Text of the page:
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Nixed U.S.-Taliban Talks A Relief for Afghanistan Government


Sept. 08, 2019

U.S. President Donald Trump’s move to abruptly cancel talks with the Taliban may have set back the Afghan peace process, but it came as a relief to the government in Kabul.
President Ashraf Ghani’s administration, which has been excluded from the negotiations, has distrusted the process from the beginning. Afghan officials fear the deal would’ve left the government vulnerable to increased violence and put the Taliban, which controls or contests more than half the country, in an even stronger position to enforce their severely restrictive, ultra-conservative form of Islam.
Despite his misgivings, Ghani had planned to travel to the U.S. to discuss the deal with Trump. But in a series of tweets late on Saturday, Trump announced he’d canceled secret meetings scheduled to be held at Camp David with Taliban leaders and Ghani.
“President Ghani knew the deal had defects,” his spokesman Sediq Sediqqi said by phone on Sunday. “Ghani had expected an outcome from the US-Taliban talks which were a ceasefire and direct negotiations, but that didn’t happen, and instead violence escalated.”
Trump’s move now raises questions on the future of talks to end the U.S.’s 18-year long military commitment in Afghanistan and withdraw its 14,000 troops still in the country. It’s also unclear if the Afghan government will have a greater say in negotiations from now on.
“While the peace process has been dealt a devastating blow, it’s likely not dead,” said Michael Kugelman, deputy director of the Washington-based The Wilson Center. “Trump is determined to leave Afghanistan, and leaving with a deal is better for him politically than leaving without one. So talks are not off the table.”
Last weekend the U.S. held its ninth round of talks with the Taliban in Doha, where the group has a political office. U.S. top negotiator, Zalmay Khalilzad, said they were at the “threshold” of a peace deal.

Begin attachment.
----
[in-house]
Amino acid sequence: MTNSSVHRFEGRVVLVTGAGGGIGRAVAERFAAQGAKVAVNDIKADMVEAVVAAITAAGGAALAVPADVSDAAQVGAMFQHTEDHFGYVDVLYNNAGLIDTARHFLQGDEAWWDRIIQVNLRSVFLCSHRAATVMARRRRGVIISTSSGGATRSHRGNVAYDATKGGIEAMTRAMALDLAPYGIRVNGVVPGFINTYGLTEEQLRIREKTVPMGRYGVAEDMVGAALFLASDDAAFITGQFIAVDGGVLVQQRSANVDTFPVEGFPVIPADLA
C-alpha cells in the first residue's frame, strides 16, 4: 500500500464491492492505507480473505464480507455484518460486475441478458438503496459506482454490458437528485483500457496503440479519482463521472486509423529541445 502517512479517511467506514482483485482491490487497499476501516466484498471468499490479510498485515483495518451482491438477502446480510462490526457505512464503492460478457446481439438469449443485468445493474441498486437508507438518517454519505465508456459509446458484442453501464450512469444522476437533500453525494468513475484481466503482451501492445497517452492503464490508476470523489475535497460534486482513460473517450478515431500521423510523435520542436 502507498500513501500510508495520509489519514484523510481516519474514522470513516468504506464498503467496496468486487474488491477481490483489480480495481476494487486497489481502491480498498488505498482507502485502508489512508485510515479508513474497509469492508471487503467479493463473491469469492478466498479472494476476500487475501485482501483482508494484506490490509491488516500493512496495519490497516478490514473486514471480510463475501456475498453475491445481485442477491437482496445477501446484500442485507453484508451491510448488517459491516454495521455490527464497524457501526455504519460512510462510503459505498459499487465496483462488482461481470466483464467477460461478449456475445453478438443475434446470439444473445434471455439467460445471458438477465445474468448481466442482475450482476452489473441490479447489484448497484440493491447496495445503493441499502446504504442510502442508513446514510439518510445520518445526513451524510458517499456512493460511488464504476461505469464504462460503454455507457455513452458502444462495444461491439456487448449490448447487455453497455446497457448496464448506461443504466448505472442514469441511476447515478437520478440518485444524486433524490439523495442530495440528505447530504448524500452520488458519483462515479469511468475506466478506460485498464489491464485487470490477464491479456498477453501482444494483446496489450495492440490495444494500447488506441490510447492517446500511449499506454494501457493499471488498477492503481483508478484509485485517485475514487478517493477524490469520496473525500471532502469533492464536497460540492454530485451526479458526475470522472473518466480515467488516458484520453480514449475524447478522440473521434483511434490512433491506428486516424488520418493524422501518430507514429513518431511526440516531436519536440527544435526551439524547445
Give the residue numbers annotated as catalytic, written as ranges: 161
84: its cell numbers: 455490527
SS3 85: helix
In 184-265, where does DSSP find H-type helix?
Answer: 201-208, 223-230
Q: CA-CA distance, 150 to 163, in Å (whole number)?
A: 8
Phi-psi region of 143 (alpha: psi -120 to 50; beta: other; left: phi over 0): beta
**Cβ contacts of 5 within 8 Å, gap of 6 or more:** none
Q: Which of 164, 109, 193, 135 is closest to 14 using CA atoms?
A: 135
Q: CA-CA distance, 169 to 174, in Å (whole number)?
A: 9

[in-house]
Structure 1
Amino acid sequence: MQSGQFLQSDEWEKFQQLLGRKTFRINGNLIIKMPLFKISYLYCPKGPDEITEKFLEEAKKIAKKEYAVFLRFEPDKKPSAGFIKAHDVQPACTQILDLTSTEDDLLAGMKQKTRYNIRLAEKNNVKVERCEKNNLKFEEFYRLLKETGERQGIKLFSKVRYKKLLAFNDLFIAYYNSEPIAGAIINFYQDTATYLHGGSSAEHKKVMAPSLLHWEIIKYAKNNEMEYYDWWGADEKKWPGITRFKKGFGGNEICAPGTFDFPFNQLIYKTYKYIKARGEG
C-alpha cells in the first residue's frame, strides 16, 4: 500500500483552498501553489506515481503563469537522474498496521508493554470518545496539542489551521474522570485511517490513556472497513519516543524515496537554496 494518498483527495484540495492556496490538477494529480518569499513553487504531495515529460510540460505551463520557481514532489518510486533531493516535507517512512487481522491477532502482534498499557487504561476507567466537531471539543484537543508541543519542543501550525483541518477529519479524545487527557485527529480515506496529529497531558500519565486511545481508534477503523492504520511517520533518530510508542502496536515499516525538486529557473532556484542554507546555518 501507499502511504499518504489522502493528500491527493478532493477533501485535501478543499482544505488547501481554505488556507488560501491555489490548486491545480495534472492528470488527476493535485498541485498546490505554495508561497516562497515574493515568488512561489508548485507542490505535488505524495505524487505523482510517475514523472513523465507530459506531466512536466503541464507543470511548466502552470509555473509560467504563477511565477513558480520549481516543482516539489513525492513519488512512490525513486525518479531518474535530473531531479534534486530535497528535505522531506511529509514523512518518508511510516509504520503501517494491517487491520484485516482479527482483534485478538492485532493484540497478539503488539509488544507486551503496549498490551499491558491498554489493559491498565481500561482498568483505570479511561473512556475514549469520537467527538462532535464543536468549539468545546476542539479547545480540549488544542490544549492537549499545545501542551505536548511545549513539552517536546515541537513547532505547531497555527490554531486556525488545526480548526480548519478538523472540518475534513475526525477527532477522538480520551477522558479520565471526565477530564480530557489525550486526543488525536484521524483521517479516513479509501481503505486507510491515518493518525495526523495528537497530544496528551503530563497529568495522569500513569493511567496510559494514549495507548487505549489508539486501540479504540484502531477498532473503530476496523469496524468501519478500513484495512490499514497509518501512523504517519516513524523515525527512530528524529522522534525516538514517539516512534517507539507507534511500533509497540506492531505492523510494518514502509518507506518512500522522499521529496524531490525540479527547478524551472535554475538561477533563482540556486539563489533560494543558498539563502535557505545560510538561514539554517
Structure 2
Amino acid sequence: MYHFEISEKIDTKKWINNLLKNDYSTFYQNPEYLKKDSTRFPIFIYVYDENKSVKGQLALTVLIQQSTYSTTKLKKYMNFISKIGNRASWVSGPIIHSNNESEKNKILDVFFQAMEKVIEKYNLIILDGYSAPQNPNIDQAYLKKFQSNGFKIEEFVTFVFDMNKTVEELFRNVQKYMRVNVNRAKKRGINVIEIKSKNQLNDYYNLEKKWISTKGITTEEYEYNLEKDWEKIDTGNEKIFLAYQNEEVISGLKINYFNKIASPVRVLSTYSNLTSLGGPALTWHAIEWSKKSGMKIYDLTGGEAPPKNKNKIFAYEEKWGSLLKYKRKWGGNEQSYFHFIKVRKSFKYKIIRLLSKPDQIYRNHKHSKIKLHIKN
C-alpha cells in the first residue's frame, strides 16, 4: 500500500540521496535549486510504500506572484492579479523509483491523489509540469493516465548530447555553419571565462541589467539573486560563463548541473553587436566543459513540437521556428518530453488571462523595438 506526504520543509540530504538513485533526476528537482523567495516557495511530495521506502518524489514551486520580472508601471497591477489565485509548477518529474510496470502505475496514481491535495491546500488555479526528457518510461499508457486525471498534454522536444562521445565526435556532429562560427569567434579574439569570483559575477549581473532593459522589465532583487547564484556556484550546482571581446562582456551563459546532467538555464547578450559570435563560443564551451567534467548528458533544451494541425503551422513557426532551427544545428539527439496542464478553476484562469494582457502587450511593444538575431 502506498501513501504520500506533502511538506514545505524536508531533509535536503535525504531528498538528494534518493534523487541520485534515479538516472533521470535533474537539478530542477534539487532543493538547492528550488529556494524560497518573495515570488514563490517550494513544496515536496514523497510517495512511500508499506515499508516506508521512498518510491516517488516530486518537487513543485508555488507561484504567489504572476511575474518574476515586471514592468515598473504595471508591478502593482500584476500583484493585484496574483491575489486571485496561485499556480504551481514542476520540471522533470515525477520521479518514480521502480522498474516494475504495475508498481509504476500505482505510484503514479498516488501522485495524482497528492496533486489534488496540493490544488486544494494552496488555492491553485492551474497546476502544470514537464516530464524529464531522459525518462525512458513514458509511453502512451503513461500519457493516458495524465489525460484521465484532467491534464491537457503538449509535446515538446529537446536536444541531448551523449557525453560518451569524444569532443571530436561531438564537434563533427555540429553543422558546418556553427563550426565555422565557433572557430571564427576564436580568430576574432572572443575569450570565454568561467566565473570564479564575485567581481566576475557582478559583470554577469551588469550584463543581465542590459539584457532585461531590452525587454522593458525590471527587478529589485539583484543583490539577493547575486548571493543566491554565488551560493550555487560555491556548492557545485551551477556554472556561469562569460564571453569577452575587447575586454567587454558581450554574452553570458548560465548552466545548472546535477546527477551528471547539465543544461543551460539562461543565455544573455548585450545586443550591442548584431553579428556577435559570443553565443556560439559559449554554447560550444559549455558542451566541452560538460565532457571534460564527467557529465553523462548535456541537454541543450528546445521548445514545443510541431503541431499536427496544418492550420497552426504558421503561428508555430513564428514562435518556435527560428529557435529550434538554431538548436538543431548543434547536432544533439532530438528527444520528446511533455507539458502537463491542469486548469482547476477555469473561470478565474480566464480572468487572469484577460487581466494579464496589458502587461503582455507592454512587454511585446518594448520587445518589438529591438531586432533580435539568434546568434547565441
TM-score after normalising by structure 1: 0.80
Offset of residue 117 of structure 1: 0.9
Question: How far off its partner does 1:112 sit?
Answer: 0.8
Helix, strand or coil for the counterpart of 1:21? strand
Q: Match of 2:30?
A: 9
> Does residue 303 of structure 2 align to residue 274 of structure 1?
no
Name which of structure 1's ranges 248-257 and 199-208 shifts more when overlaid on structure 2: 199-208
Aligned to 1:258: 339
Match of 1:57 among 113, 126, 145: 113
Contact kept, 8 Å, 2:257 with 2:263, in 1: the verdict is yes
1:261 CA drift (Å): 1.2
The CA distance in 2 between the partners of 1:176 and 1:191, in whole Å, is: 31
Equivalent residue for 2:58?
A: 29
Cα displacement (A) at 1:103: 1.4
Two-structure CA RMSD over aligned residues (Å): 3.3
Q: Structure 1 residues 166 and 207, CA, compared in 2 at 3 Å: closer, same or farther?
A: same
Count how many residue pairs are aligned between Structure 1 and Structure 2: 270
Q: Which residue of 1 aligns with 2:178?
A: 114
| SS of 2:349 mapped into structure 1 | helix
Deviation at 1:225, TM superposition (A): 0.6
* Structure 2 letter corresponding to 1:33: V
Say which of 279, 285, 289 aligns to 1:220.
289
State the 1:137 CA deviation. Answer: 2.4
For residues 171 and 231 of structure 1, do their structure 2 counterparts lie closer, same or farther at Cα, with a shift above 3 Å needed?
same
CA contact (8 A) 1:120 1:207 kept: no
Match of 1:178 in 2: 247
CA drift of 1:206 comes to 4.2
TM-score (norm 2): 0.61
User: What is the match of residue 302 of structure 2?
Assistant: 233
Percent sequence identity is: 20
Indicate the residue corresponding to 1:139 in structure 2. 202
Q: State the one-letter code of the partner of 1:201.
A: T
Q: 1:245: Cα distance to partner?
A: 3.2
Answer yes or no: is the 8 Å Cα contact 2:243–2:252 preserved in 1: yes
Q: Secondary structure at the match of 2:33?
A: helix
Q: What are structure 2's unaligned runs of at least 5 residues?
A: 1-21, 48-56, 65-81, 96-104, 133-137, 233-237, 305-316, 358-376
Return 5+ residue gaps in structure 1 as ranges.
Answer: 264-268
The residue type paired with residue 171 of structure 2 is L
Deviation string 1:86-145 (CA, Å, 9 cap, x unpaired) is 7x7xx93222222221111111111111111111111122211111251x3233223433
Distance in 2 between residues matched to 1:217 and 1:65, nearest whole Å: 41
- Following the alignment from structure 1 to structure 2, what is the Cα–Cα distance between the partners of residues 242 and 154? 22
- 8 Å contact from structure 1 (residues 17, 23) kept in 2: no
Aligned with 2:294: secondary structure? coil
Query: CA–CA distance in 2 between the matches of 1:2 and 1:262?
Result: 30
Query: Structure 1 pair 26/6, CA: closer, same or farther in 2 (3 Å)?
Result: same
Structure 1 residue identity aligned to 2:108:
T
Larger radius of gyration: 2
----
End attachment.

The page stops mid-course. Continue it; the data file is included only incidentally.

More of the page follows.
The insurgent group said the U.S. would “pay the price” for its decision to stop the negotiations. “That will also further America’s human and financial losses and undermine its role in political engagement,” Taliban spokesman Zabihullah Mujahed said in statement on Sunday evening.
Even as the talks were reaching their conclusion, the Taliban intensified its campaign of violence. In the past two weeks it’s tried to take over three cities in the country’s north and west -- Kunduz, Pul-E-Khumri and Farah -- leaving dozens killed or wounded.
The group also detonated a truck bomb next to an international compound where foreign NGOs and diplomats are based on Sept. 2, just hours after Khalilzad shared the draft of the agreement with Ghani and the country’s Chief Executive Abdullah Abdullah. The attack killed 16 people and wounded 120 others, while Afghan forces rescued about 400 foreigners from the area.
“Sadly, the recent opportunity for #peace at the planned meeting at #CampDavid was sabotaged by Taliban’s wanton violence & other factors. We appreciate the international efforts for an Afghan lead & Afghan owned peace,” Abdullah said in a tweet Sunday.
The government’s concerns echo the warnings issued by nine former U.S. envoys to Afghanistan -- including Ryan Crocker, James Cunningham and James Dobbins -- over the agreement.
“It is not clear whether peace is possible. The Taliban have made no clear statements about the conditions they would accept for a peaceful settlement with their fellow Afghans, nor do they have a track record of working with other political forces,” they wrote in a joint statement released Sept. 3 on the Atlantic Council site.
“There is an outcome far worse than the status quo, namely a return to the total civil war that consumed Afghanistan as badly as the war with the Russians and something that could follow a breakdown in negotiations if we remove too much support from the Afghan state.”
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